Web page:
Kitsch 22

If I am to be perfectly honest, when one thinks of Dubai, art and culture are not high up on the list of associations. Frankly there is very little of it around. But, fingers crossed, I won’t be able to say this for long. Kitsch 22 is company that has taken it upon itself to help bring about this change and they are doing it from the grass-roots level up. It’s really quite difficult to outline what they do, have done and will do. The best way I can think of describing Kitsch 22 is as, and I am sorry for the cliché, having fingers in many pies.

The main players are two young and lovely gentlemen, Shahreyar (Shaz) Sheibani and Shehab Hamad, who set up the organization. Think of it as an umbrella (trust me it’s easier this way). The two of them grew up in Dubai, went to university in other parts of the world, came back and saw a decided need for things around here to be different. I sent Shaz a text message asking him what they do and the reply I got was, and I quote: “Arts and music events, fashion distribution and whatever else we may think of doing.” And yes, this is exactly what they do, but there is just so much more to it.

Under the company Kitsch 22, there is 9714 which is run by Shaz, Shehab and Rishi (a childhood friend and like-minded individual). It organizes events which cater to those with slightly less mainstream tastes. 9714 brings out DJs from around the globe, throws fantastic parties and gives the art-starved Dubai inhabitants much needed nourishment. They have brought out Canada’s DJ Tiga, who didn’t actually wear his sunglasses at night, London-based DJ Che, who also happens to be a friend of the Kitsch family, DJ U-Cef, and the Egyptian-born American DJ Mutamassik, to name a few. They also introduced us to the magical voice of Samita Sinha, whose singing style combines classical Hindustani and jazz vocal techniques. 9714’s events have exhibited works by Rana Salam, whose creations were a tribute to Middle Eastern popular street art. Their very first event paid homage o the photographic legacy left by Paul O’Flynn, a Dubai-based Irishman who captured the essence of Arabian life through the lens of his camera. But apart from these large, several-hundred people in attendance-type international cultural injections, 9714 also ensures that the talented people of Dubai get a chance to strut their stuff.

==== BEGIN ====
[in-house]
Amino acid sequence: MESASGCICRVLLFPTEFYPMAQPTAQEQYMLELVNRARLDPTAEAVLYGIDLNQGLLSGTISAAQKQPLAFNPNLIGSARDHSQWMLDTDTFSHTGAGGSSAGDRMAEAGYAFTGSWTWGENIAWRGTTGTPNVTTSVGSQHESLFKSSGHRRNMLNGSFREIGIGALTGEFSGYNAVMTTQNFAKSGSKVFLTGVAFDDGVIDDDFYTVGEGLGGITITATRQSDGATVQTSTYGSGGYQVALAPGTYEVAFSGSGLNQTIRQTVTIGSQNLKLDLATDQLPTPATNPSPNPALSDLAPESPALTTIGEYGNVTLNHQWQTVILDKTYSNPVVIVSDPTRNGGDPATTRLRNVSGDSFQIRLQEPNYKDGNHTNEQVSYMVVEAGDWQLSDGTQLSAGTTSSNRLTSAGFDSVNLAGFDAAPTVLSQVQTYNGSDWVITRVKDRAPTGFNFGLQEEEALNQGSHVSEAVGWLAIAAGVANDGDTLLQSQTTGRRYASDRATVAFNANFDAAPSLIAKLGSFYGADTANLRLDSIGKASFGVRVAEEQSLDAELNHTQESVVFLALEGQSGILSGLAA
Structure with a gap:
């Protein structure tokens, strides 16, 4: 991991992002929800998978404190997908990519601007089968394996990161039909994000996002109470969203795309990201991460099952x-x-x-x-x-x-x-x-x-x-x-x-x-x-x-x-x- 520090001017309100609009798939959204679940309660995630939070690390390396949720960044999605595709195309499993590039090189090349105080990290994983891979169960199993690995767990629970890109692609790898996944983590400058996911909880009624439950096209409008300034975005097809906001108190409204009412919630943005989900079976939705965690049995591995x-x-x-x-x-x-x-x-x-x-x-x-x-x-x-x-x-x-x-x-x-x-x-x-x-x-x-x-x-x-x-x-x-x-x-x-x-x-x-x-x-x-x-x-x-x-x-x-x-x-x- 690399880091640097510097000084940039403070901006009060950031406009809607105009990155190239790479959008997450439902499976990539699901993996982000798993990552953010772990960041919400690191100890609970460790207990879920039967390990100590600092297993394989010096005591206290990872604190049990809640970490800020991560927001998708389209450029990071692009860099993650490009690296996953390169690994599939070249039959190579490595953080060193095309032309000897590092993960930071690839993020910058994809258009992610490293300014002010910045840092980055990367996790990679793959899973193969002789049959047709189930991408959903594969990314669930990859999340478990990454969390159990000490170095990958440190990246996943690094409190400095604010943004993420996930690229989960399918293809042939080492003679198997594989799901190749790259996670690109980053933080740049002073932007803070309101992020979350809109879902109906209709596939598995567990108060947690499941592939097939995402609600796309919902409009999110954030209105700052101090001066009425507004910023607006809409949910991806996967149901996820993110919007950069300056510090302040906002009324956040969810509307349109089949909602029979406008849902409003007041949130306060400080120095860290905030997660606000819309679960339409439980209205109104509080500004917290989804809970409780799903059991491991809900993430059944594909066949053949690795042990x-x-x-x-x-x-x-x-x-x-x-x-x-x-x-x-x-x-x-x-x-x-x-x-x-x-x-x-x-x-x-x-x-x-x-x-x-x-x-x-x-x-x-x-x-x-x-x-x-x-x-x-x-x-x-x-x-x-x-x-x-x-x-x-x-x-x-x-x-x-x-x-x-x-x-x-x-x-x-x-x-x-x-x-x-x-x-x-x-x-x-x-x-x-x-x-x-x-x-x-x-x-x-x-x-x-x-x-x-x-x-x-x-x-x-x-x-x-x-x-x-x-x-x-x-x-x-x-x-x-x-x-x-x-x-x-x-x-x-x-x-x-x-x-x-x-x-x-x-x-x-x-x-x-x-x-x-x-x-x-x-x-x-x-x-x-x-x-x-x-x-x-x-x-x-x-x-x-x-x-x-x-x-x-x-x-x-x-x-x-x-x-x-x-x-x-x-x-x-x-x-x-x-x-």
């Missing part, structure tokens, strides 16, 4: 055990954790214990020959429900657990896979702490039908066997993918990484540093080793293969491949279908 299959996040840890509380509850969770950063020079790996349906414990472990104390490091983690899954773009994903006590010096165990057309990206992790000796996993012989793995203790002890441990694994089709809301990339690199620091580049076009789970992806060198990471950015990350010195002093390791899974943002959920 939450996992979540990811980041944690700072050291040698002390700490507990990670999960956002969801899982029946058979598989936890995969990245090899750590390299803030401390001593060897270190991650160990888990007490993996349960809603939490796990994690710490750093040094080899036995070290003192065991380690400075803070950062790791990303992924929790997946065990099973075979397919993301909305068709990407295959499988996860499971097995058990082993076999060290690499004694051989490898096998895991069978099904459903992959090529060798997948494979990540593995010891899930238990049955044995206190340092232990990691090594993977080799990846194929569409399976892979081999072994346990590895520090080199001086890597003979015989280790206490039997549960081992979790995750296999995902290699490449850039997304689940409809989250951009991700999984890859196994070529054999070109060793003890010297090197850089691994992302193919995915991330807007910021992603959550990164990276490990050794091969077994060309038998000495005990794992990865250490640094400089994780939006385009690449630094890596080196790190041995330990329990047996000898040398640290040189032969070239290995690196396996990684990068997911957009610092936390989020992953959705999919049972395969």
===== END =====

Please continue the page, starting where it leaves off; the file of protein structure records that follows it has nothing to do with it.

For the past couple of years they have been hosting regular shindigs, where local DJs, artists, photographers and musicians are given the chance to shine. The initial weekly gatherings were aptly dubbed “subsistence.” For the first time in Dubai, creative individuals here were given a forum to meet and share their work, ideas, and whatever else they may want to to exchange. The most recent installments go by the name “fertiliser” and so far they have showcased a singing Scotsman — who was just beautiful — an Iranian photographer, a jazz band, and so many more that I can’t mention because of my word-count limitation. 9714 pushes envelopes, entices you to live outside the box and helps you remember Dubai’s international dialing code. But Kitsch 22 doesn’t end there. Hell, these guys are so nice they are even willing to put clothes on your back and shoes on your feet.

5Green enters from the left wing to take centre-stage.

Shehab and his sister, Shahi, are opening a shop. If you haven’t already cottoned-on, then let me elaborate. The store will be called 5Green, it will sell clothes, shoes, accessories, art, music, books and cameras. As Shehab says, “…it’s a lifestyle baby…” Again here, these wonderful people, will provide us with something a little out of the ordinary. The clothes are from labels like Fidel, Paul Frank, Nonsense and X Large. Urban wear for the urbane. And the cameras too are definitely not normal. Mr. Hamad is the Dubai ambassador for the Vienna-based Lomography Society. The Lomo cameras as they are known to close acquaintances, and there are about ten different types, are very special indeed. I am so attached to mine, I think everyone should be given one at birth (for more information on these ingenious little contraptions please go to or pop into 5Green).

The birth of Kitsch 22 heralded in an age of cultural enlightenment in Dubai. If it wasn’t for them, the people of Dubai who are interested in any form of creative expression would have developed a variant of rickets due to insufficient amounts of Vitamin Art. They would have pulled out their hair from frustration and resigned themselves o a life of premature and self-inflicted baldness. And those gifted, dazzling and inspired people who live here would have packed up, caught the first Toyota Land Cruiser out of here and shifted shop. Luckily, none of these scenarios will need to be considered as long as Kitsch 22 continues to do what it does. If you are wondering what Kitsch 22 will think of doing next then join the club. Actually I am not even sure Shehab and Shaz know either. But I am not too worried about it because whatever it is, I know it will be something I like, need and want. What more could one ask for?